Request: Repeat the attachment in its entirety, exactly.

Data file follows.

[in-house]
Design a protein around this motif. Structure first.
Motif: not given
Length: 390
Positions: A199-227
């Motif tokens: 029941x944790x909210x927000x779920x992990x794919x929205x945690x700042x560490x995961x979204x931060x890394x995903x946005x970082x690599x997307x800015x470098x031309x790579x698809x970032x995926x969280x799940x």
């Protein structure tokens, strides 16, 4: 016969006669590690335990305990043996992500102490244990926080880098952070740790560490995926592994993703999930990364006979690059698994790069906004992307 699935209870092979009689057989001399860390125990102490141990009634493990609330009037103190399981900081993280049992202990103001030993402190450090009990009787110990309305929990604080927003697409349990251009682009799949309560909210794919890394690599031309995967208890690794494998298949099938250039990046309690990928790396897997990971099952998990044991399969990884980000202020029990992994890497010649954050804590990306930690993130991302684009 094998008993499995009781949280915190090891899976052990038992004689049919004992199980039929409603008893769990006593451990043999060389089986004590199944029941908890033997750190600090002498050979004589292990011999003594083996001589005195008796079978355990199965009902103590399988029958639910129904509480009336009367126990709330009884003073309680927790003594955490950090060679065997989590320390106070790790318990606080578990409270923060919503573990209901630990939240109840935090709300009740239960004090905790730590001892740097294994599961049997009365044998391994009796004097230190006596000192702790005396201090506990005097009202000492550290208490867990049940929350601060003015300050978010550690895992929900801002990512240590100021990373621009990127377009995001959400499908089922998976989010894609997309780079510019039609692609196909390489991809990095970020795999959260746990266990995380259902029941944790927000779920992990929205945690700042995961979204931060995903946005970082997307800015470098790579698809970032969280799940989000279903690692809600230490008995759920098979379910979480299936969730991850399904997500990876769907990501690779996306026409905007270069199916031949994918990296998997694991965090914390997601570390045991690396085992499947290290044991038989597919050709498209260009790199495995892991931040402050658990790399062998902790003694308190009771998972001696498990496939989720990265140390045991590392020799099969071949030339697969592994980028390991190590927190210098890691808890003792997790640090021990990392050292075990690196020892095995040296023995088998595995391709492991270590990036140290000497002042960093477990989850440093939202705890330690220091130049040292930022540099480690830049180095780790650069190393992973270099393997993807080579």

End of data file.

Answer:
[in-house]
Design a protein around this motif. Structure first.
Motif: not given
Length: 390
Positions: A199-227
């Motif tokens: 029941x944790x909210x927000x779920x992990x794919x929205x945690x700042x560490x995961x979204x931060x890394x995903x946005x970082x690599x997307x800015x470098x031309x790579x698809x970032x995926x969280x799940x």
């Protein structure tokens, strides 16, 4: 016969006669590690335990305990043996992500102490244990926080880098952070740790560490995926592994993703999930990364006979690059698994790069906004992307 699935209870092979009689057989001399860390125990102490141990009634493990609330009037103190399981900081993280049992202990103001030993402190450090009990009787110990309305929990604080927003697409349990251009682009799949309560909210794919890394690599031309995967208890690794494998298949099938250039990046309690990928790396897997990971099952998990044991399969990884980000202020029990992994890497010649954050804590990306930690993130991302684009 094998008993499995009781949280915190090891899976052990038992004689049919004992199980039929409603008893769990006593451990043999060389089986004590199944029941908890033997750190600090002498050979004589292990011999003594083996001589005195008796079978355990199965009902103590399988029958639910129904509480009336009367126990709330009884003073309680927790003594955490950090060679065997989590320390106070790790318990606080578990409270923060919503573990209901630990939240109840935090709300009740239960004090905790730590001892740097294994599961049997009365044998391994009796004097230190006596000192702790005396201090506990005097009202000492550290208490867990049940929350601060003015300050978010550690895992929900801002990512240590100021990373621009990127377009995001959400499908089922998976989010894609997309780079510019039609692609196909390489991809990095970020795999959260746990266990995380259902029941944790927000779920992990929205945690700042995961979204931060995903946005970082997307800015470098790579698809970032969280799940989000279903690692809600230490008995759920098979379910979480299936969730991850399904997500990876769907990501690779996306026409905007270069199916031949994918990296998997694991965090914390997601570390045991690396085992499947290290044991038989597919050709498209260009790199495995892991931040402050658990790399062998902790003694308190009771998972001696498990496939989720990265140390045991590392020799099969071949030339697969592994980028390991190590927190210098890691808890003792997790640090021990990392050292075990690196020892095995040296023995088998595995391709492991270590990036140290000497002042960093477990989850440093939202705890330690220091130049040292930022540099480690830049180095780790650069190393992973270099393997993807080579």